In COVID-19 times, your focus may not be on how to plan a trip to Europe. But you can still begin planning for some day. In fact, you’ll be giving yourself a mental health boost by setting a goal and working toward your eventual European vacation. These insights can help you save money, stay safer, and ultimately make the most of your trip.
How To Plan A Trip To Europe
The best way to start planning a trip to Europe is to establish your goal. And that means deciding where to go.
Europe is massive, with a staggering diversity of options. But you shouldn’t be overwhelmed. Take the initiative, think carefully about destinations you may like – and research the possibilities.
Here are two approaches to get you started:
- Go deep. How long is your trip? You could easily spend two weeks in a single country, soaking up famous urban sites, taking jaunts to the coast or countryside, and exploring intriguing places off the beaten path.
- Go broad. Europe gives you the opportunity to conveniently visit multiple countries all within a short amount of time – thanks especially to the exceptional train system.
Which appeals to you?
Once you decide on the places you want to visit, you’ve given yourself a huge psychological advantage. You now have a clear objective, one that you can begin to visualize and start making specific plans for. Your destination choices will drive all subsequent trip elements like:
• Your budget
• Your trip schedule
• Your transportation plans
• Your daily itinerary
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HOW LONG DOES IT TAKE TO PLAN FOR A TRIP TO EUROPE?
A good rule of thumb for planning a trip to Europe is to take at least six months. And if you really want to benefit from early preparation, a year may be even better. That ample time can play a pivotal role in helping you:
Create the trip of a lifetime. Choosing where to go (addressed more above) is the most important decision. Starting your planning early gives you more time to dive deep into the possibilities and – even better – make crucial discoveries.
For example, your research might lead you to taking an off-season trip to a less popular region of Europe where crowds are non-existent and the attractions are for the locals.
Intimate European travel experiences like that can be life-changing. But they can also be hard to come by if you rush your trip planning.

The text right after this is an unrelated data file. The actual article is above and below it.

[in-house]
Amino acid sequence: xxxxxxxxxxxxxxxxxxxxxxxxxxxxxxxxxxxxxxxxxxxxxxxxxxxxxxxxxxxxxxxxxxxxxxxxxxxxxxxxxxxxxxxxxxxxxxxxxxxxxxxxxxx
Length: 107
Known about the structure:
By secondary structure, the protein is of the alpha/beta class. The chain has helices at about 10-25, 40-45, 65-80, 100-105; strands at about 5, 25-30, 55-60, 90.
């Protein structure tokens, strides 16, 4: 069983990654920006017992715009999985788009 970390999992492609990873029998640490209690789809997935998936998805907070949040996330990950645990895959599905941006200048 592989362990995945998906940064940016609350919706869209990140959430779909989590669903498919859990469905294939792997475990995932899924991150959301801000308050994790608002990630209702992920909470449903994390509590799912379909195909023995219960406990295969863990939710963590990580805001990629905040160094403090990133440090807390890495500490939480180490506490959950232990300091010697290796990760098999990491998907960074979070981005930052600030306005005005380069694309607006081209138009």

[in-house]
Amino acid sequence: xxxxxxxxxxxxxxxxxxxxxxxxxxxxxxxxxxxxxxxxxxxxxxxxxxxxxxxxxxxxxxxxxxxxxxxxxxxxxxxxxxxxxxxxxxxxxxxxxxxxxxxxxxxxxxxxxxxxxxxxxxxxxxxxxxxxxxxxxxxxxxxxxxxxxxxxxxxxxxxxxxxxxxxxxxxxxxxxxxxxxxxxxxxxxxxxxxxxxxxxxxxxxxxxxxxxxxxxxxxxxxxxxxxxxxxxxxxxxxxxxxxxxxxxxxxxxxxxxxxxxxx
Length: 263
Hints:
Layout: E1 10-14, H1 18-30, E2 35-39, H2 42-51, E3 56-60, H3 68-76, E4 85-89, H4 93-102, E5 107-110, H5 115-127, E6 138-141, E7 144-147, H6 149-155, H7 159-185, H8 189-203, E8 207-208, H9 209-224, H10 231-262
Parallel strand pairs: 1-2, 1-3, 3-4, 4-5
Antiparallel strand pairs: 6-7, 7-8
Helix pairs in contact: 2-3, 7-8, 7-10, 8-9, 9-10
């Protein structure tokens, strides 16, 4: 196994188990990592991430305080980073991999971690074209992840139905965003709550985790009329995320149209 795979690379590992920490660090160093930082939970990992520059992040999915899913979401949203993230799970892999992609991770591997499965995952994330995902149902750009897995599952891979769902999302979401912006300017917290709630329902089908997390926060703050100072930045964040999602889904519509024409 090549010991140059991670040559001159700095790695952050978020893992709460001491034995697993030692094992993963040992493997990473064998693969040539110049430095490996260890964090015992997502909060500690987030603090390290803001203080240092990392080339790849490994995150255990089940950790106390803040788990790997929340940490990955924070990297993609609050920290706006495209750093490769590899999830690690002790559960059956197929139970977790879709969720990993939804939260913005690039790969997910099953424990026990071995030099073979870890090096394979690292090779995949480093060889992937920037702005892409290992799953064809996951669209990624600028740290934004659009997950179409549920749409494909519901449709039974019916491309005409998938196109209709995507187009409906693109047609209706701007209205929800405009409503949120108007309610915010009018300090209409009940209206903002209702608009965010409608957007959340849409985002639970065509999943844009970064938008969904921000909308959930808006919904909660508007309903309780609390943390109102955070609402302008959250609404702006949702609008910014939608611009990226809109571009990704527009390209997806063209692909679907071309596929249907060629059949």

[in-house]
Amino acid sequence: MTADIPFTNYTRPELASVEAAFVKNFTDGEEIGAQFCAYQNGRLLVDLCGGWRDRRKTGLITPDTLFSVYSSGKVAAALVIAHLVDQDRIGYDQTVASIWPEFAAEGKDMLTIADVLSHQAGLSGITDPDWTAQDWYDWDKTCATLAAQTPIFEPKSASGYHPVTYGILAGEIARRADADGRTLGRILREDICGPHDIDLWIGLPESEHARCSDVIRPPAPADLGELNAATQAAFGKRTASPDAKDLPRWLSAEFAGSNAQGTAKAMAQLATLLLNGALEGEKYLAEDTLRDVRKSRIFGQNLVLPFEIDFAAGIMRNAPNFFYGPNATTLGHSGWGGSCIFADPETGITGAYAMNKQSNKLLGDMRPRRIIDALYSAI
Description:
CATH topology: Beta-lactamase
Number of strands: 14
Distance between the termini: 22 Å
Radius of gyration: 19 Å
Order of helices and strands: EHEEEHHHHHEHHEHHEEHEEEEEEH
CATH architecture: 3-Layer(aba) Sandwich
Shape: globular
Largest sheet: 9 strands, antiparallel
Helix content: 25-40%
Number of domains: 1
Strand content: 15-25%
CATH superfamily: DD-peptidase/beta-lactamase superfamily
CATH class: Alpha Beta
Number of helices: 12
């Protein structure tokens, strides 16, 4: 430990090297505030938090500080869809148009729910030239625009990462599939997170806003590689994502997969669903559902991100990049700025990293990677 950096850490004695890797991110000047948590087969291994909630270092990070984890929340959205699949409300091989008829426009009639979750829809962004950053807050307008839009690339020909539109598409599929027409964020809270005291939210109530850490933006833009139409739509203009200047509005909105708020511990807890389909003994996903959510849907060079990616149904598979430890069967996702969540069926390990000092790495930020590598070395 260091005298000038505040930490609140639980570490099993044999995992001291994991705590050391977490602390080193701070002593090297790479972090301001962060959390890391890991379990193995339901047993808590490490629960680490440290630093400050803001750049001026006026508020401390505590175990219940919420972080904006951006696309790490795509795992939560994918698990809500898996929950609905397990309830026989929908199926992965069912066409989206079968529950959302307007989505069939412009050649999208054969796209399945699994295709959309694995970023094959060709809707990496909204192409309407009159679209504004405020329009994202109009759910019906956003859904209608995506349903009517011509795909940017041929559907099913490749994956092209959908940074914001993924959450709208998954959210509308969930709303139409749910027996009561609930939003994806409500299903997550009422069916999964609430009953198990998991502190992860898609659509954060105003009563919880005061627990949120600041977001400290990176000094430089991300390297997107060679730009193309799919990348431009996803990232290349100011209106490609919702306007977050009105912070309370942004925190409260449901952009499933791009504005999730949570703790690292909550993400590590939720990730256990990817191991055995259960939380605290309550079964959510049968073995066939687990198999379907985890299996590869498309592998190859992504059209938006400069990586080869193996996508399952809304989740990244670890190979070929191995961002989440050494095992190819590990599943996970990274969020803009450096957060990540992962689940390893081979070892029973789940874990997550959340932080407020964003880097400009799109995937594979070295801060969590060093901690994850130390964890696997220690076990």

Have more control over dates, locations, and fees. By planning ahead, you’re giving yourself more options for critical parts of your trip like flights and accommodations. That can be especially important if you have your sights set on popular destinations, especially during summer.
Wait too long to figure out your itinerary and you could be making desperate – and often expensive – last-minute decisions. (See specific tips below on purchasing plane tickets.)
Photo by Hugo Sousa on Unsplash
Plan a safer, healthier, and more secure trip. Even though Europe is generally considered a safe place to travel, you’ll still want extra time to research the safety and security aspects of traveling abroad.
For example, Berkshire Hathaway Travel Protection has compiled a list of the safest places to travel. We use traveler surveys as well as valuable safety information from the following resources, which are also available to you:
• The Global Peace Index, published annually by Vision of Humanity
• The State Department’s numerical safety rating
• The Global Finance Index of destination safety
And with more time to plan, you’ll be able to check off the numerous things you should do before making such a major trip, like:
- Securing your household and letting a neighbor know you’ll be gone
- Making sure you can use your cell phone without any problems
- Telling your bank and credit card companies about your trip
- Doing your research so you stay in safer hotels and neighborhoods
- Packing for the elements and to fit in with the locals (more on this below)
- Finding out about health risks by starting with the CDC’s Travelers' Health web pages
- Signing up for the State Department’s Smart Traveler Enrollment Program (STEP) and getting safety and security information for your destinations